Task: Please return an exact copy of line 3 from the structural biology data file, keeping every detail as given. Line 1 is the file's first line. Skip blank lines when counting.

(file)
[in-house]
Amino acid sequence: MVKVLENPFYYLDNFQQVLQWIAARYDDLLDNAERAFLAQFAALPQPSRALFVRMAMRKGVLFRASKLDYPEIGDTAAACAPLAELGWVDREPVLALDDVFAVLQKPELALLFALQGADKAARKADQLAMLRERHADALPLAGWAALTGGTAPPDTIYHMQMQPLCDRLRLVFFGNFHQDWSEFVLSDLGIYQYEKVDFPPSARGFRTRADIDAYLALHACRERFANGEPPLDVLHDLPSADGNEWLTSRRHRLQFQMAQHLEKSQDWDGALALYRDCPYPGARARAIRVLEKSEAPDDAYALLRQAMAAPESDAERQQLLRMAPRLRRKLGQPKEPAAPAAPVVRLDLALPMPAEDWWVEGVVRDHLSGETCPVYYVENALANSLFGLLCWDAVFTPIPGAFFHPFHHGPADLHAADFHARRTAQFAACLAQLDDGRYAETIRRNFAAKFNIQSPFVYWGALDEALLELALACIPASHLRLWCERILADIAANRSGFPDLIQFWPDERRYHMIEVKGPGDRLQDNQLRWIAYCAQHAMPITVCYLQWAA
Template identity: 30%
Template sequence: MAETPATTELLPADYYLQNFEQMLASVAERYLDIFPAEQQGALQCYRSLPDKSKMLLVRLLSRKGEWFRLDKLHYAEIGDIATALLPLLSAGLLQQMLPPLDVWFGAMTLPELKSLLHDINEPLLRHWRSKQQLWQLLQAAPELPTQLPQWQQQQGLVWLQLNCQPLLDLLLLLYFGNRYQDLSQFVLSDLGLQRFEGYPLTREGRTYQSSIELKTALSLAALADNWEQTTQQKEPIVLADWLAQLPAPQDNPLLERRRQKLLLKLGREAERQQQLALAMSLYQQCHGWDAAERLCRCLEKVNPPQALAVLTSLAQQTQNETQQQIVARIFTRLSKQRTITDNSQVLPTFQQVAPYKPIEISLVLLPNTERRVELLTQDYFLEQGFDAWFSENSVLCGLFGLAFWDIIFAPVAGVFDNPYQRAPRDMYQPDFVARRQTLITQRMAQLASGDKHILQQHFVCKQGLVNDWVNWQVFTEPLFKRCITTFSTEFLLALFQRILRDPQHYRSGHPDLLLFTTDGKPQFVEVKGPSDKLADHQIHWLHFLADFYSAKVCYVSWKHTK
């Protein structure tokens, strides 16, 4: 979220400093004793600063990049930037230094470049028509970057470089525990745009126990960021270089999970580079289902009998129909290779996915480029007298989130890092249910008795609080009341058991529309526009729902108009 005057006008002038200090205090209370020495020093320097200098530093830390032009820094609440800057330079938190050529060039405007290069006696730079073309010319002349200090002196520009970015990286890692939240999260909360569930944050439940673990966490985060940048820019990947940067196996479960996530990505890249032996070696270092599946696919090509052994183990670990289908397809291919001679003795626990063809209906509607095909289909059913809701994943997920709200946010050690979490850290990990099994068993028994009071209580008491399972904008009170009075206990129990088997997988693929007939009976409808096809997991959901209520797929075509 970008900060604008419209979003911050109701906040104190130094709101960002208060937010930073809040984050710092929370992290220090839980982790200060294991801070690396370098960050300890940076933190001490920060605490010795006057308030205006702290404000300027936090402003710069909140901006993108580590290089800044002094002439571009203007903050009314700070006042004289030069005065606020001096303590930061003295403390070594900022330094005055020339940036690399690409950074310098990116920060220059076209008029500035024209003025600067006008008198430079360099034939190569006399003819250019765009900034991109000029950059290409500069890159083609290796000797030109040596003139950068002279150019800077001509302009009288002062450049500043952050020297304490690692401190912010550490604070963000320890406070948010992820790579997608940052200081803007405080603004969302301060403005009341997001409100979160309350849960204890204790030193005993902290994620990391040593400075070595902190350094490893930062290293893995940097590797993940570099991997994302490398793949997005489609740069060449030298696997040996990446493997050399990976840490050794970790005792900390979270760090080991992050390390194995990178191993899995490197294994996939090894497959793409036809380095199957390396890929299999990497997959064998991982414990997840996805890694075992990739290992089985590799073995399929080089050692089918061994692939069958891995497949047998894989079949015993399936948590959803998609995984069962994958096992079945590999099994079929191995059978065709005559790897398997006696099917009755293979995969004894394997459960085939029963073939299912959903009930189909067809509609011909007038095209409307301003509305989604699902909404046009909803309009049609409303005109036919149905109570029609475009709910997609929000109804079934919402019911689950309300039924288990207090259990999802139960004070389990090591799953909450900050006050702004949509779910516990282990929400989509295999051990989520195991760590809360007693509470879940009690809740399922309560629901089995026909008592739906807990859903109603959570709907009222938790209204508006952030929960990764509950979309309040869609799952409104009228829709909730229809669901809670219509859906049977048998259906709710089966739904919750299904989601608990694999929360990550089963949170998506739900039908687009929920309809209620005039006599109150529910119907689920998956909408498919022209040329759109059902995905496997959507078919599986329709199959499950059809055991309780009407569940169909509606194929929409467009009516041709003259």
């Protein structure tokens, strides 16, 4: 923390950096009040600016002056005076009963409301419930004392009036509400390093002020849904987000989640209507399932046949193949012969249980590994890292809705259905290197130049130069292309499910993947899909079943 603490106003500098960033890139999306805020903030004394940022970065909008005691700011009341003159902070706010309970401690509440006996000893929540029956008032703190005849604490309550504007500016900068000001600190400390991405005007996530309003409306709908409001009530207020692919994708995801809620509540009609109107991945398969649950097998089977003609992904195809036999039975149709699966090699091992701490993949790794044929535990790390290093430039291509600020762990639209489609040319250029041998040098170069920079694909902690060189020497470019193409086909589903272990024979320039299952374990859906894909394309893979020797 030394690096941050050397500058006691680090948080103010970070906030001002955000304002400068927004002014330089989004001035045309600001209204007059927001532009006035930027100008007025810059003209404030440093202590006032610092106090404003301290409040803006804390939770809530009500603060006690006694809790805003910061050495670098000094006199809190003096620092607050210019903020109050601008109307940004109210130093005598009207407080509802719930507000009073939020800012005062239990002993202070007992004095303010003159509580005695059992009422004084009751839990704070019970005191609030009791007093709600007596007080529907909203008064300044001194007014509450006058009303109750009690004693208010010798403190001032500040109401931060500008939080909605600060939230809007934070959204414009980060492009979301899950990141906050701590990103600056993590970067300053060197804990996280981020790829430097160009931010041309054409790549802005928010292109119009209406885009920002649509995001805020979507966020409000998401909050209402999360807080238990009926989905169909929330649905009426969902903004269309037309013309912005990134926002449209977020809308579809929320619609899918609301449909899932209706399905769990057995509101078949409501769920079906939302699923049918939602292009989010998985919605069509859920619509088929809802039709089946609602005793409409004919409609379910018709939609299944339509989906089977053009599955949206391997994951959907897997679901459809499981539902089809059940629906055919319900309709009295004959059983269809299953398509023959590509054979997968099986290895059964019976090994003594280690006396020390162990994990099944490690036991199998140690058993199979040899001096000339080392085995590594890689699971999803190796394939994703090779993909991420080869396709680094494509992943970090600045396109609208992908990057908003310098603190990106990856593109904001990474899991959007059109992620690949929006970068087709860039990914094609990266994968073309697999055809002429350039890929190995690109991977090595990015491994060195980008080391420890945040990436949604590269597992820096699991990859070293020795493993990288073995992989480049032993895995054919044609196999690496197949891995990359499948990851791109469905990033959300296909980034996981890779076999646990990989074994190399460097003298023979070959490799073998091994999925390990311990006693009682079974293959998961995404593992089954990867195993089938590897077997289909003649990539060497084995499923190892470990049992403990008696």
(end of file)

Template identity: 30%